Second Sacred War

The Second Sacred War was the Spartan defeat of Phocians at Delphi and the restoration of Delphian self-control.

Second Sacred War
Part of the First Peloponnesian War
Date440s BC
Result Brief Spartan-installed Delphian rule

In 458 or 457 BC, Phocians captured three towns in the Spartan metropolis of Doris. A Spartan army marched on Doris, defeated the Phocians, and restored Dorian rule. On their way back to Peloponnese, Athenians attacked the Spartan army; they were repelled, and Sparta's army returned home. After the Five Years Truce, Sparta embarked on a campaign of truncating "Athens' imperialistic ambitions in Central Greece".[1]

The Second Sacred War (Ancient Greek: ιερός πόλεμος)[1] was a conflict over the occupation of the Temple of Apollo at Delphi:[2] Spartans quickly removed the Athenian-backed Phocians and returned stewardship to the Delphians.[3] After the Spartans left, however, an Athenian army—led by Pericles—took the city and re-installed Phocian rule.[4]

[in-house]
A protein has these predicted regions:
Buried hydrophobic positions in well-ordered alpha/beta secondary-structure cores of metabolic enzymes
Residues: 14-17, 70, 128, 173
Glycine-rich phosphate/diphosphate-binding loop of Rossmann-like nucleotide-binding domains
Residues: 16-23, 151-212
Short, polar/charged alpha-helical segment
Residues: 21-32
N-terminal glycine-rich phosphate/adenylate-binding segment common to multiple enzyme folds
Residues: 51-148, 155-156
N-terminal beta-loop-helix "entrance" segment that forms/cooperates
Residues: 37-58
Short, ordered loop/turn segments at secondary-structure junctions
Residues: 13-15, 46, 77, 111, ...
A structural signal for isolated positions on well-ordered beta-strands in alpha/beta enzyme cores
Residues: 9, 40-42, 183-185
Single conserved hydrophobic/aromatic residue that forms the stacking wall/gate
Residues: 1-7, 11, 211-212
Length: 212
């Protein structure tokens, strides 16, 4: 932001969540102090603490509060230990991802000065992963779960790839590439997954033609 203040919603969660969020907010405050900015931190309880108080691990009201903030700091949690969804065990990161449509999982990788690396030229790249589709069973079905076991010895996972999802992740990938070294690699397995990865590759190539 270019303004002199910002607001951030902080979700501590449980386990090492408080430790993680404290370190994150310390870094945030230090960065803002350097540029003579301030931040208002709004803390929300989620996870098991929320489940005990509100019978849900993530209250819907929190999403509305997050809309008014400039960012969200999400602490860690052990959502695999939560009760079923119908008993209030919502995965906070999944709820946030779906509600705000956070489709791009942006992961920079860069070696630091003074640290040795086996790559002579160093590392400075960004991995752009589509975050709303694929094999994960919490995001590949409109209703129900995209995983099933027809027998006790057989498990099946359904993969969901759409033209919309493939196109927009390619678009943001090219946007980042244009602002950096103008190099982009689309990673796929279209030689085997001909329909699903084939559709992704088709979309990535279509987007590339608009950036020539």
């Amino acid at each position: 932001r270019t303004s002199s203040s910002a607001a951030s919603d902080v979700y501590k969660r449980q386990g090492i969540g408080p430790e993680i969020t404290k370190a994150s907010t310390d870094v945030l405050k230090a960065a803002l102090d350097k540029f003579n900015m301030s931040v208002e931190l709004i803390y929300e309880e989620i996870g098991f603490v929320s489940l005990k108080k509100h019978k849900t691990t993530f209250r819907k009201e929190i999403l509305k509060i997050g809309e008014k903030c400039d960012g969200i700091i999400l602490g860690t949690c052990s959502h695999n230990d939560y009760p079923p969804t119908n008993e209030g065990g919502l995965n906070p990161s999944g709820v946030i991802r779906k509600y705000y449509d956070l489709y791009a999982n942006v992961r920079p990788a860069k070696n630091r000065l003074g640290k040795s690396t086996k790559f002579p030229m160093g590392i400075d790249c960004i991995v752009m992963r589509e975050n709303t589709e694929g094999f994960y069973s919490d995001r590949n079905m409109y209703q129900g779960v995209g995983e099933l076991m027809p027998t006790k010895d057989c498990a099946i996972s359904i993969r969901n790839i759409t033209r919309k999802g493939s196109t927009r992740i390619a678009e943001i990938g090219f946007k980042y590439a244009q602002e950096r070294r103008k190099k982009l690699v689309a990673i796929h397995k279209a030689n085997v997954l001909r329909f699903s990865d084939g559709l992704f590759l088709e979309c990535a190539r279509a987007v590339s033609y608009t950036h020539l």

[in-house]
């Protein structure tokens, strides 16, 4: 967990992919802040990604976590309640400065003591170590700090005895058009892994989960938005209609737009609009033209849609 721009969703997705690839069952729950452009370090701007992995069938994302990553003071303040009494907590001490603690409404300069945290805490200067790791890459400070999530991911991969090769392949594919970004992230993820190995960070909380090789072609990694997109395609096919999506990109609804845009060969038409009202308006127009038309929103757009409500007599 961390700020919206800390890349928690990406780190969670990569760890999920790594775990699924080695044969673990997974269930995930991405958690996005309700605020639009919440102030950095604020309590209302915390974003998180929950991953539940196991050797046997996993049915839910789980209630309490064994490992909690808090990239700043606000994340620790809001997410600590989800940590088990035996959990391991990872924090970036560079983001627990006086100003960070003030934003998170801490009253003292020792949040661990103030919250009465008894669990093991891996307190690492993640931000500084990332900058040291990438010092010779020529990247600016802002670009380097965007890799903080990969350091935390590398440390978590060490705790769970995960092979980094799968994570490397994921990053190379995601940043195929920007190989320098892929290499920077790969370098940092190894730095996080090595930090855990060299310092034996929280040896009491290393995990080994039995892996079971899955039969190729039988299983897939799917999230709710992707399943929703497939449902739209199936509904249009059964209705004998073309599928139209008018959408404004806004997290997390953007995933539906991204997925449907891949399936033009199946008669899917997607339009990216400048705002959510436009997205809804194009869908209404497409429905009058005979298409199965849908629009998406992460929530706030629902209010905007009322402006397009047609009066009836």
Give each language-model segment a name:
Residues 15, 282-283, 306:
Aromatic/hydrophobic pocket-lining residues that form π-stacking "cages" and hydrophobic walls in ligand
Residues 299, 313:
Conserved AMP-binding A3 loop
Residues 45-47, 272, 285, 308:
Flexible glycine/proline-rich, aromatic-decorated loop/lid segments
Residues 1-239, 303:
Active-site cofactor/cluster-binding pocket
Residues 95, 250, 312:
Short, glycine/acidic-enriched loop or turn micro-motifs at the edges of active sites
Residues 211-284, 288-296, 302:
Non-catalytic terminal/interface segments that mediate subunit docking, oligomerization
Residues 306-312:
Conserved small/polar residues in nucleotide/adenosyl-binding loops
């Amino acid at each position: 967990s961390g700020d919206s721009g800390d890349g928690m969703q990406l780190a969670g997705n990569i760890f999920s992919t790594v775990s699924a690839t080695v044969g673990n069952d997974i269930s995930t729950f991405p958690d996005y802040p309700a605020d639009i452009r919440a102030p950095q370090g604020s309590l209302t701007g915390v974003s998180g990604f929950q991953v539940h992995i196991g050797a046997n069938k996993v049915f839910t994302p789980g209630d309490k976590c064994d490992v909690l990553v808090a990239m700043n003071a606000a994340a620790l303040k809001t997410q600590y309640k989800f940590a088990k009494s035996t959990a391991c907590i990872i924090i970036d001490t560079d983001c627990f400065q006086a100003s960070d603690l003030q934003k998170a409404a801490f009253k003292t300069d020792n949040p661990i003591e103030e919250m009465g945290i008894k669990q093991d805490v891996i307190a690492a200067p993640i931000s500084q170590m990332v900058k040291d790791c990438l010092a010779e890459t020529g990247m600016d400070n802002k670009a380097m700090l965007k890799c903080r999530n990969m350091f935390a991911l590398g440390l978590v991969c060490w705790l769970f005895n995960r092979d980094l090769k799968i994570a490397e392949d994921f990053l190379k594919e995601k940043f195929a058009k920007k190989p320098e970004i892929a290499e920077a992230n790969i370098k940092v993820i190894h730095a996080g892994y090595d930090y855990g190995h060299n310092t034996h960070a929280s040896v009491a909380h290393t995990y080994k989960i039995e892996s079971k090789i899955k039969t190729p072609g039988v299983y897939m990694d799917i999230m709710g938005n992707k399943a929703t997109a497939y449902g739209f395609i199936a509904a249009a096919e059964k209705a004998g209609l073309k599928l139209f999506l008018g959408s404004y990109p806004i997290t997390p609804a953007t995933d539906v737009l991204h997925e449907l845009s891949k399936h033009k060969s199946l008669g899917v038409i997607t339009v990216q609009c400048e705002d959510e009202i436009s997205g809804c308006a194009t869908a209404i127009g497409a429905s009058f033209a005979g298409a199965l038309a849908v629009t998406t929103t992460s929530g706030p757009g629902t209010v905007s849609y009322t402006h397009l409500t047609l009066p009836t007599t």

Accepting the writings of Philochorus, a group of historians led by Karl Julius Beloch, Benjamin Dean Meritt, Theodore Wade-Gery, and Malcolm Francis McGregor argued that the Spartan ejection of the Phocians occurred in 449 BC, and that the Athenians re-installed them in 447 BC.[5][6] They were opposed by historians led by Arnold Wycombe Gomme and Felix Jacoby who, rejecting Philochorus' chronology, assert that both marches on Delphi happened in 448 BC.[7][8][9][10][11]

This Sacred War and the Third were the only two to be referred to as such in classical antiquity.[1] As of 1997, there was no extant evidence that these changes in Delphian governance had any effect on pilgrims to Pythia.[3]